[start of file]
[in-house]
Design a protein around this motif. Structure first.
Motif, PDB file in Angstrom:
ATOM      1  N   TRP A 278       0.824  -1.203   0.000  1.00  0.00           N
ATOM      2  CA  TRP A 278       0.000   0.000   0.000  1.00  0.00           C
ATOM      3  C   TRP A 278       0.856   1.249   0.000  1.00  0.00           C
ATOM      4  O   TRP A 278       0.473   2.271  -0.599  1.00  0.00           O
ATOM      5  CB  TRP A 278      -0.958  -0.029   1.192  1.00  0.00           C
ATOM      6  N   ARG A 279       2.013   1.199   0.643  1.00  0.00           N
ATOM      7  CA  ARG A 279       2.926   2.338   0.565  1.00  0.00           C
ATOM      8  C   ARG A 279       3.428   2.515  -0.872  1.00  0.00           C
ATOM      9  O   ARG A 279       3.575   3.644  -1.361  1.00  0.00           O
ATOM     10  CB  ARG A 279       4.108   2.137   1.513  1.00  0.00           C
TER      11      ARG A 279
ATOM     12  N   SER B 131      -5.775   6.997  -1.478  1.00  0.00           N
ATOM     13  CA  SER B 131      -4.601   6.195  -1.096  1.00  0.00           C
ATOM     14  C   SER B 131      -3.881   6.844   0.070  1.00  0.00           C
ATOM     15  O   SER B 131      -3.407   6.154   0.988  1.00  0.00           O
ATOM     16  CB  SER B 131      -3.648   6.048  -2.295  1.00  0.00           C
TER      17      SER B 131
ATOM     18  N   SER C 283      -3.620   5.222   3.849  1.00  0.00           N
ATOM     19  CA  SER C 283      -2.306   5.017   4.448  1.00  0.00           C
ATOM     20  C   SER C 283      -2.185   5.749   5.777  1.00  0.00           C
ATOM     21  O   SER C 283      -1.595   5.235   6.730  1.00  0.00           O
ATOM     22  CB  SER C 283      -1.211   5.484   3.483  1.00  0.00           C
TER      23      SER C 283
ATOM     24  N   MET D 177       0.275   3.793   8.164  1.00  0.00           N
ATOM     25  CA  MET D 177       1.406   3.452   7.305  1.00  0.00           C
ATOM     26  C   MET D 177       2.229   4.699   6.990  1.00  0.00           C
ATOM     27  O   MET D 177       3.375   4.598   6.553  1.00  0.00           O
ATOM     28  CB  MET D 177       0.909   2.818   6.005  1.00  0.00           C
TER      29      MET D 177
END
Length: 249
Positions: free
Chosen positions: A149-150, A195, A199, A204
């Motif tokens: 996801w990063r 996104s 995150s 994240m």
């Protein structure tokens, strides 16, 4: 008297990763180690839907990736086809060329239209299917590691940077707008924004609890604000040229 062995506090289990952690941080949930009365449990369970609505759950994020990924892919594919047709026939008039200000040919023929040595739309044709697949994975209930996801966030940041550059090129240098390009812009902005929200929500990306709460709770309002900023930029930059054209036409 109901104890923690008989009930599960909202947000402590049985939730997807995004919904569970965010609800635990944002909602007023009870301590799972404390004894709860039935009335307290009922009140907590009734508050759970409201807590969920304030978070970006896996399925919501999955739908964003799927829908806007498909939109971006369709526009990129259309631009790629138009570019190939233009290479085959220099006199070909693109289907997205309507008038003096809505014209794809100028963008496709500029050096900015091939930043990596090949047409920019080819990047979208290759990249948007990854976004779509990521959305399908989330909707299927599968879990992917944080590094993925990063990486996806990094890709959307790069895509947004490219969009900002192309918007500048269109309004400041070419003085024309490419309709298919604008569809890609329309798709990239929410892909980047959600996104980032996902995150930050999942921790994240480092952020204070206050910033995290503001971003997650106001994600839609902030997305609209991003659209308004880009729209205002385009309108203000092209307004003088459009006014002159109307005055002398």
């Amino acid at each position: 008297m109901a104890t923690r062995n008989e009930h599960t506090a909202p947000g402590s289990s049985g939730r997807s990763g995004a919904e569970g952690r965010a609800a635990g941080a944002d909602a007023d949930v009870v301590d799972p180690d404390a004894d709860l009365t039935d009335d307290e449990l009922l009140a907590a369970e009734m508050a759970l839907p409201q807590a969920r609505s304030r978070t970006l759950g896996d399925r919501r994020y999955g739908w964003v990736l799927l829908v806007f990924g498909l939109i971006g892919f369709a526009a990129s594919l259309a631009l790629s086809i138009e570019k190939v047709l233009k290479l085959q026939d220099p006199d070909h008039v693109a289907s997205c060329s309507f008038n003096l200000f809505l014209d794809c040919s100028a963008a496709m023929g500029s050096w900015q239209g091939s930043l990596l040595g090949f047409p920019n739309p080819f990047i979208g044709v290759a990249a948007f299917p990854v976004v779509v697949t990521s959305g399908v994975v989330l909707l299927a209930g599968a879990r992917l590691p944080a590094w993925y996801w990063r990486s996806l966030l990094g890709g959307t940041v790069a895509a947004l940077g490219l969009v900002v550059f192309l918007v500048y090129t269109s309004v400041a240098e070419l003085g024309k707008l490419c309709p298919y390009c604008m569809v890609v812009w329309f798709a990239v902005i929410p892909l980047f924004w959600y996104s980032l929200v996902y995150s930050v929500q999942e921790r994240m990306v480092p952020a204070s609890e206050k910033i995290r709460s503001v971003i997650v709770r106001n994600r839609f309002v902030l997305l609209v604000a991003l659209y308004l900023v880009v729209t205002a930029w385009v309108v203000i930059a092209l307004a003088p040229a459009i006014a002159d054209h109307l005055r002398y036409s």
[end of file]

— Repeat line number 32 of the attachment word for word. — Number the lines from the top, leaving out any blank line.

TER      29      MET D 177